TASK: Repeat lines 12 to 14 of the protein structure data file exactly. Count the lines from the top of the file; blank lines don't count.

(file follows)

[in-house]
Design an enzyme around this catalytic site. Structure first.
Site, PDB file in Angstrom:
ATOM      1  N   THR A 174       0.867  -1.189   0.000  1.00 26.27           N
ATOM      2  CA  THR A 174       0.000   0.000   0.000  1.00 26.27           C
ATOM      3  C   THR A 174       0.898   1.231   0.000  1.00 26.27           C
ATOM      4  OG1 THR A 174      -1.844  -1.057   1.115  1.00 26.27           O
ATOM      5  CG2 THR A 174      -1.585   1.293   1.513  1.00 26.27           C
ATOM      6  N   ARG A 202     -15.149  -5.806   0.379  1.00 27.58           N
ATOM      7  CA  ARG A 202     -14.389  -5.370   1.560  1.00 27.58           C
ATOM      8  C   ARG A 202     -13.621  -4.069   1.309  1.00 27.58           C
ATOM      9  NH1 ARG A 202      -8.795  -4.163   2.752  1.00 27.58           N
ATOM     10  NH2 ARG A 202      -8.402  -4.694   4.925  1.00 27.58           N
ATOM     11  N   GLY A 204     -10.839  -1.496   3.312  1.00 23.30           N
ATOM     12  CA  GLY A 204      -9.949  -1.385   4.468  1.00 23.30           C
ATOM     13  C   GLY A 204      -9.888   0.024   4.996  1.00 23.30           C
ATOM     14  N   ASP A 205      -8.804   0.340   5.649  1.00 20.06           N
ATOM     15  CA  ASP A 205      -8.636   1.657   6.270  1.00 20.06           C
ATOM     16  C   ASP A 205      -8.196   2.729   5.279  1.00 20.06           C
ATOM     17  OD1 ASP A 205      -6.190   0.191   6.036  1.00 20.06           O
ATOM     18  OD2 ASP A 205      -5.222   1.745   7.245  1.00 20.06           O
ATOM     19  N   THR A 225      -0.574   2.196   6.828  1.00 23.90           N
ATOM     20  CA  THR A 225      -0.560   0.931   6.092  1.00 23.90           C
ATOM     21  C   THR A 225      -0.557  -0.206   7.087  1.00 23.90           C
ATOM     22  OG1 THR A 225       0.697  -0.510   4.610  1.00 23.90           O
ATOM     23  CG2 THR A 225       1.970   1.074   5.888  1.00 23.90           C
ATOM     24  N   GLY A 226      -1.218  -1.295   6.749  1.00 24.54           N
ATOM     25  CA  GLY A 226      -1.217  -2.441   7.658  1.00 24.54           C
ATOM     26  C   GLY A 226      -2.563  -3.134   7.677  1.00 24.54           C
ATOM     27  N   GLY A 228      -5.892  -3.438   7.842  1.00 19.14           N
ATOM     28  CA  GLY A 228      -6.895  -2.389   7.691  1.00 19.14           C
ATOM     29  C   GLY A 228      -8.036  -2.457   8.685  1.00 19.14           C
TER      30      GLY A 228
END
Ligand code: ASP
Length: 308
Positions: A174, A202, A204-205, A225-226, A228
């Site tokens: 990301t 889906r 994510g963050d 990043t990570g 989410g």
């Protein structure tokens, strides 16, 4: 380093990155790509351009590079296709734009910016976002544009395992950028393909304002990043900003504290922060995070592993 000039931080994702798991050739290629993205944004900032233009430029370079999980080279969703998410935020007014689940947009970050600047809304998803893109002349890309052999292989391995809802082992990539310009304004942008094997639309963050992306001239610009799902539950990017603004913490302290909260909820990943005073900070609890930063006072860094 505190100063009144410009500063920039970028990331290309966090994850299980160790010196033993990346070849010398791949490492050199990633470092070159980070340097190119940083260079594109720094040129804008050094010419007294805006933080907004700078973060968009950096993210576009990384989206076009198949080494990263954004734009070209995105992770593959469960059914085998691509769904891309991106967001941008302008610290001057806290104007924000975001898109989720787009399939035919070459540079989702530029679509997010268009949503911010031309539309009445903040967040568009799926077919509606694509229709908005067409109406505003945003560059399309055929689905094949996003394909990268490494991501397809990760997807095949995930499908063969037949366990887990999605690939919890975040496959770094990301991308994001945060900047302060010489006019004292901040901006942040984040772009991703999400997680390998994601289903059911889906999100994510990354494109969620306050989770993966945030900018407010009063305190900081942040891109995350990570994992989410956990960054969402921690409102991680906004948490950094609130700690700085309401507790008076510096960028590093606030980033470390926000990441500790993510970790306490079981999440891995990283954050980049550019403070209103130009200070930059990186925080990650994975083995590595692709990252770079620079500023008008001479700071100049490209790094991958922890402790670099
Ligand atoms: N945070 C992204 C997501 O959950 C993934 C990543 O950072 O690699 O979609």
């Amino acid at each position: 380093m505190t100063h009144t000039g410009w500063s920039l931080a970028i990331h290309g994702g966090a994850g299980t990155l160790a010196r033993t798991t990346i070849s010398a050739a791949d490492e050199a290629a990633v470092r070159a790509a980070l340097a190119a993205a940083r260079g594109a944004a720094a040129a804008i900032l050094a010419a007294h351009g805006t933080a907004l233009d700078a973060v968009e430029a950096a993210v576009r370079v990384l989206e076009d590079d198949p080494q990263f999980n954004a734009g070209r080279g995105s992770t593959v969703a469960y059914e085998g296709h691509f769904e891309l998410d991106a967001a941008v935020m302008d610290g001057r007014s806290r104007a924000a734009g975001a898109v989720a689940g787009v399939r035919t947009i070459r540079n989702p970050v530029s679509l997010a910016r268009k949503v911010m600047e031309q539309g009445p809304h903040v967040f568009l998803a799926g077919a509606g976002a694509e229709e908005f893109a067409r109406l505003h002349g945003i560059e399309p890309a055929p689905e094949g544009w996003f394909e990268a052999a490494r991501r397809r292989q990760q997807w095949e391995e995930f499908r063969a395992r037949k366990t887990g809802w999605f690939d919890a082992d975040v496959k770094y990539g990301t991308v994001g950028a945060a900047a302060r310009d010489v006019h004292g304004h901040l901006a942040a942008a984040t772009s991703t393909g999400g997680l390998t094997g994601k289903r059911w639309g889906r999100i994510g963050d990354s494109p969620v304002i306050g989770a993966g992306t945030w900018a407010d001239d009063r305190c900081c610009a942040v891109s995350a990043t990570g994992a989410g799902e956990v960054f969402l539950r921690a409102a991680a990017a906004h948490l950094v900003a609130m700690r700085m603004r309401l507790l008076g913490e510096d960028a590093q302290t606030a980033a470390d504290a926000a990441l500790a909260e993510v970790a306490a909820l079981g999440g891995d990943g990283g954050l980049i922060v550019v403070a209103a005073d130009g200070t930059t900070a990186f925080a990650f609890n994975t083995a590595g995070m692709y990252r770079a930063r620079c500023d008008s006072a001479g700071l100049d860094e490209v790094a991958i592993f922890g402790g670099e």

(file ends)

ATOM      9  NH1 ARG A 202      -8.795  -4.163   2.752  1.00 27.58           N
ATOM     10  NH2 ARG A 202      -8.402  -4.694   4.925  1.00 27.58           N
ATOM     11  N   GLY A 204     -10.839  -1.496   3.312  1.00 23.30           N